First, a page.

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Olympus Panel to Disclose Probe Into Acquisitions, Cover-Up

The Olympus Corp. logo is displayed on the company's digital single lens reflex (SLR) camera at an electronics store in Tokyo. Photographer: Kiyoshi Ota/Bloomberg
The Olympus Corp. logo is displayed on the company's digital single lens reflex (SLR) camera at an electronics store in Tokyo. Photographer: Kiyoshi Ota/Bloomberg

Dec. 6 (Bloomberg) -- An Olympus Corp. panel today will disclose the findings of its investigation into a series of acquisitions by the camera maker, which admitted hiding losses with inflated takeover fees.

Tatsuo Kainaka, a former Supreme Court judge and a Tokyo superintendent prosecutor, will meet the press in Tokyo at 3 p.m., according to a faxed statement from the committee. Other members of the six-person committee formed Nov. 1 also will attend.

The news conference comes seven weeks after the dismissal of former Chief Executive Officer Michael C. Woodford, who questioned $1.4 billion in takeover costs, including fees paid in the $2.1 billion takeover of Gyrus Group Plc in 2008. The world’s biggest endoscope maker admitted last month that former Chairman Tsuyoshi Kikukawa and senior aides colluded to hide losses dating to the 1990s.

The committee has interviewed previous executives, including Woodford, Kikukawa and Hisashi Mori, an executive vice president dismissed over his part in the schemes.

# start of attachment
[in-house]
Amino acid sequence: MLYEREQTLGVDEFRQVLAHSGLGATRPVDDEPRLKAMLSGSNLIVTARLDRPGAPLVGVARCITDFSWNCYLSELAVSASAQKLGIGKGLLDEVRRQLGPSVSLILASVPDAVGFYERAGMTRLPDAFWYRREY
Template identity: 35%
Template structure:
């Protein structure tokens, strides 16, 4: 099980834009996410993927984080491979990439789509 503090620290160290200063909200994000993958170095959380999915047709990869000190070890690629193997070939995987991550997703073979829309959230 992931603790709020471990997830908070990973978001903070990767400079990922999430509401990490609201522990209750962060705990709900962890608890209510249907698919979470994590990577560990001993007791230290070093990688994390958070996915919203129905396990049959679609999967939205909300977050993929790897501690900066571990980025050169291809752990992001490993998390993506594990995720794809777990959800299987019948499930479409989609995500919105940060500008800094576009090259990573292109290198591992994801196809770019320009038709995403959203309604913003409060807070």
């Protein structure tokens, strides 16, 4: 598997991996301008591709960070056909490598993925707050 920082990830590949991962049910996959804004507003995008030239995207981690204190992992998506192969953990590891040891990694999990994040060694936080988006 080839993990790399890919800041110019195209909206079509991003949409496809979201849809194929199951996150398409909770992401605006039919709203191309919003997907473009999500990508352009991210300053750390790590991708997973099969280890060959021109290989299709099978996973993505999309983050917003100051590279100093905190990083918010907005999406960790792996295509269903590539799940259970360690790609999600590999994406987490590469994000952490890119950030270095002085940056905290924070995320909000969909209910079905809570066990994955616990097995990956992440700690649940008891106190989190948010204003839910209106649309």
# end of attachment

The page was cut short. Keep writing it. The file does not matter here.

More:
Olympus shares, which declined to their lowest in 36 years on Nov. 11 after the company admitted hiding losses, rose 8.6 percent to 1,185 yen at the 11 a.m. trading break in Tokyo.

Dec. 14 Deadline

Woodford, 51, resigned as director Dec. 1 in the first step of his campaign to take control of the company from the board that fired him Oct. 14. Kikukawa, former Executive Vice President Hisashi Mori and auditor Hideo Yamada all quit Nov. 25, a day before company directors were due to meet the president they fired.

Olympus is also forming two teams, led by President Shuichi Takayama, to improve corporate governance and business structure, the company said last week.

The company still faces possible delisting from the Tokyo Stock Exchange unless it reports earnings by a Dec. 14 deadline. Olympus also is being investigated by the Tokyo District Public Prosecutors Office and other authorities, and the officials involved in hiding losses may face criminal charges.

The company is “cooperating fully with investigators,” spokesman Tsuyoshi Kitada said yesterday. He declined to elaborate.

To contact the reporters on this story: Naoko Fujimura in Tokyo at nfujimura@bloomberg.net; Mariko Yasu in Tokyo at myasu@bloomberg.net.

To contact the editor responsible for this story: Michael Tighe at mtighe4@bloomberg.net

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